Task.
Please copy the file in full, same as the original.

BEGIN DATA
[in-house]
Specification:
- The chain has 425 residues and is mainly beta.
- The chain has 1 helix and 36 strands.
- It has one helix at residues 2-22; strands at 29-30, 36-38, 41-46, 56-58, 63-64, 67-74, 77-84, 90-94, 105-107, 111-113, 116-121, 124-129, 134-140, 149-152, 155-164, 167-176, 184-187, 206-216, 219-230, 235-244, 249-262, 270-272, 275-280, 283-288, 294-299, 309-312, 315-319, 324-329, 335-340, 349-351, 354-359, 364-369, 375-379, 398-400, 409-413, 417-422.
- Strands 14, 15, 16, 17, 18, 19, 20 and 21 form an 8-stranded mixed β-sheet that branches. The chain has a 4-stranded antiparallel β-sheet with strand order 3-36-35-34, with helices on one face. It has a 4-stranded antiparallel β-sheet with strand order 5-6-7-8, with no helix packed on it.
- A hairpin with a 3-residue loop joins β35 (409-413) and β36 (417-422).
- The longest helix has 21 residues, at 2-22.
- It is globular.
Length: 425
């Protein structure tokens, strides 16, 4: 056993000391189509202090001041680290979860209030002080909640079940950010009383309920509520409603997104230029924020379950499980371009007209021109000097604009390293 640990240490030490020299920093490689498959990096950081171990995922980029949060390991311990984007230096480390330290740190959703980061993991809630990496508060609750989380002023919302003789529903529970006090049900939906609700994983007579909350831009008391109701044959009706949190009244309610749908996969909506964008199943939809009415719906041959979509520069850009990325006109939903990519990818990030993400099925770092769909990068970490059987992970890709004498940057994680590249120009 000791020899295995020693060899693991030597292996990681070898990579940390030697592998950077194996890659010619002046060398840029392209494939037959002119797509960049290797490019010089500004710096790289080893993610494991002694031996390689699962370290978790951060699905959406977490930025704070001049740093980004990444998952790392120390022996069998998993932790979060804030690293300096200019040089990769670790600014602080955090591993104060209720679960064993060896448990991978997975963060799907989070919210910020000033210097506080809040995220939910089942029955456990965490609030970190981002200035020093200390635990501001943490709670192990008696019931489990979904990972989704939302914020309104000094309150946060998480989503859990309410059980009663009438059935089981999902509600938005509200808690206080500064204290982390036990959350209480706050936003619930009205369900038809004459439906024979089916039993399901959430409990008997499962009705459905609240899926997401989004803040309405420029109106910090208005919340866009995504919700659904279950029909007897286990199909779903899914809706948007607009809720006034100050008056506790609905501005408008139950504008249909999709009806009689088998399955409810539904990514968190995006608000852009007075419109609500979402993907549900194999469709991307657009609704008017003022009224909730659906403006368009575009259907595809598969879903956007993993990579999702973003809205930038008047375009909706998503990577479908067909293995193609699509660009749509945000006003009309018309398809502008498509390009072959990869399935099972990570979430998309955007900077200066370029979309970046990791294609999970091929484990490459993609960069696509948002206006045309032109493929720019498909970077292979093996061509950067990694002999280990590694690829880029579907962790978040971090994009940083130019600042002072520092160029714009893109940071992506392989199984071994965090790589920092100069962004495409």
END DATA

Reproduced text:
[in-house]
Specification:
- The chain has 425 residues and is mainly beta.
- The chain has 1 helix and 36 strands.
- It has one helix at residues 2-22; strands at 29-30, 36-38, 41-46, 56-58, 63-64, 67-74, 77-84, 90-94, 105-107, 111-113, 116-121, 124-129, 134-140, 149-152, 155-164, 167-176, 184-187, 206-216, 219-230, 235-244, 249-262, 270-272, 275-280, 283-288, 294-299, 309-312, 315-319, 324-329, 335-340, 349-351, 354-359, 364-369, 375-379, 398-400, 409-413, 417-422.
- Strands 14, 15, 16, 17, 18, 19, 20 and 21 form an 8-stranded mixed β-sheet that branches. The chain has a 4-stranded antiparallel β-sheet with strand order 3-36-35-34, with helices on one face. It has a 4-stranded antiparallel β-sheet with strand order 5-6-7-8, with no helix packed on it.
- A hairpin with a 3-residue loop joins β35 (409-413) and β36 (417-422).
- The longest helix has 21 residues, at 2-22.
- It is globular.
Length: 425
């Protein structure tokens, strides 16, 4: 056993000391189509202090001041680290979860209030002080909640079940950010009383309920509520409603997104230029924020379950499980371009007209021109000097604009390293 640990240490030490020299920093490689498959990096950081171990995922980029949060390991311990984007230096480390330290740190959703980061993991809630990496508060609750989380002023919302003789529903529970006090049900939906609700994983007579909350831009008391109701044959009706949190009244309610749908996969909506964008199943939809009415719906041959979509520069850009990325006109939903990519990818990030993400099925770092769909990068970490059987992970890709004498940057994680590249120009 000791020899295995020693060899693991030597292996990681070898990579940390030697592998950077194996890659010619002046060398840029392209494939037959002119797509960049290797490019010089500004710096790289080893993610494991002694031996390689699962370290978790951060699905959406977490930025704070001049740093980004990444998952790392120390022996069998998993932790979060804030690293300096200019040089990769670790600014602080955090591993104060209720679960064993060896448990991978997975963060799907989070919210910020000033210097506080809040995220939910089942029955456990965490609030970190981002200035020093200390635990501001943490709670192990008696019931489990979904990972989704939302914020309104000094309150946060998480989503859990309410059980009663009438059935089981999902509600938005509200808690206080500064204290982390036990959350209480706050936003619930009205369900038809004459439906024979089916039993399901959430409990008997499962009705459905609240899926997401989004803040309405420029109106910090208005919340866009995504919700659904279950029909007897286990199909779903899914809706948007607009809720006034100050008056506790609905501005408008139950504008249909999709009806009689088998399955409810539904990514968190995006608000852009007075419109609500979402993907549900194999469709991307657009609704008017003022009224909730659906403006368009575009259907595809598969879903956007993993990579999702973003809205930038008047375009909706998503990577479908067909293995193609699509660009749509945000006003009309018309398809502008498509390009072959990869399935099972990570979430998309955007900077200066370029979309970046990791294609999970091929484990490459993609960069696509948002206006045309032109493929720019498909970077292979093996061509950067990694002999280990590694690829880029579907962790978040971090994009940083130019600042002072520092160029714009893109940071992506392989199984071994965090790589920092100069962004495409």